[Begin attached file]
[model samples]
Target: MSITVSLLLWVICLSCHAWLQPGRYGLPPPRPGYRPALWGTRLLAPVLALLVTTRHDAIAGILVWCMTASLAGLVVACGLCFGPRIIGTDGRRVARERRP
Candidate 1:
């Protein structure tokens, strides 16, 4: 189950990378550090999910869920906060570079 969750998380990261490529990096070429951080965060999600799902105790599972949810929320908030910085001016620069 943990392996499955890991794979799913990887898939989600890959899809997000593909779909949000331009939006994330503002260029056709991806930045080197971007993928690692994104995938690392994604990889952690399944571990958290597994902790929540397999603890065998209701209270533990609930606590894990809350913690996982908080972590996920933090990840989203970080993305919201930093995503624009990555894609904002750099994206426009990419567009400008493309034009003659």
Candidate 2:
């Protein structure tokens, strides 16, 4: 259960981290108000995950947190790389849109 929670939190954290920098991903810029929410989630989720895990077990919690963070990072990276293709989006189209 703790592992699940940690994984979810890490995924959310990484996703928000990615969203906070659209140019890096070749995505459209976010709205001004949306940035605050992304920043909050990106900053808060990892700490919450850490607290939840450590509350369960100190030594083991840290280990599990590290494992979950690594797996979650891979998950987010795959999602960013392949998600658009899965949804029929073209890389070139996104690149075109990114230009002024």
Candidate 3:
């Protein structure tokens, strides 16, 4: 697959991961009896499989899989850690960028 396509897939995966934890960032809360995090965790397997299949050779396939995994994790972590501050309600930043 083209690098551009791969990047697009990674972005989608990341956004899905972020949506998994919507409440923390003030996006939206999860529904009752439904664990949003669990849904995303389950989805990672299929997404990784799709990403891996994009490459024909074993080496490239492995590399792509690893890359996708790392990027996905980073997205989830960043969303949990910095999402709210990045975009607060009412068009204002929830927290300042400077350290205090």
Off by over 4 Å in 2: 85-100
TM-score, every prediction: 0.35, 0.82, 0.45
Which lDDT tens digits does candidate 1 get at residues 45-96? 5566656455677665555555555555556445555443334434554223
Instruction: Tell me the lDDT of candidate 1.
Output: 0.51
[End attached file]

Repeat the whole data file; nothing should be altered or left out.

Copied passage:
[model samples]
Target: MSITVSLLLWVICLSCHAWLQPGRYGLPPPRPGYRPALWGTRLLAPVLALLVTTRHDAIAGILVWCMTASLAGLVVACGLCFGPRIIGTDGRRVARERRP
Candidate 1:
């Protein structure tokens, strides 16, 4: 189950990378550090999910869920906060570079 969750998380990261490529990096070429951080965060999600799902105790599972949810929320908030910085001016620069 943990392996499955890991794979799913990887898939989600890959899809997000593909779909949000331009939006994330503002260029056709991806930045080197971007993928690692994104995938690392994604990889952690399944571990958290597994902790929540397999603890065998209701209270533990609930606590894990809350913690996982908080972590996920933090990840989203970080993305919201930093995503624009990555894609904002750099994206426009990419567009400008493309034009003659």
Candidate 2:
């Protein structure tokens, strides 16, 4: 259960981290108000995950947190790389849109 929670939190954290920098991903810029929410989630989720895990077990919690963070990072990276293709989006189209 703790592992699940940690994984979810890490995924959310990484996703928000990615969203906070659209140019890096070749995505459209976010709205001004949306940035605050992304920043909050990106900053808060990892700490919450850490607290939840450590509350369960100190030594083991840290280990599990590290494992979950690594797996979650891979998950987010795959999602960013392949998600658009899965949804029929073209890389070139996104690149075109990114230009002024």
Candidate 3:
């Protein structure tokens, strides 16, 4: 697959991961009896499989899989850690960028 396509897939995966934890960032809360995090965790397997299949050779396939995994994790972590501050309600930043 083209690098551009791969990047697009990674972005989608990341956004899905972020949506998994919507409440923390003030996006939206999860529904009752439904664990949003669990849904995303389950989805990672299929997404990784799709990403891996994009490459024909074993080496490239492995590399792509690893890359996708790392990027996905980073997205989830960043969303949990910095999402709210990045975009607060009412068009204002929830927290300042400077350290205090």
Off by over 4 Å in 2: 85-100
TM-score, every prediction: 0.35, 0.82, 0.45
Which lDDT tens digits does candidate 1 get at residues 45-96? 5566656455677665555555555555556445555443334434554223
Instruction: Tell me the lDDT of candidate 1.
Output: 0.51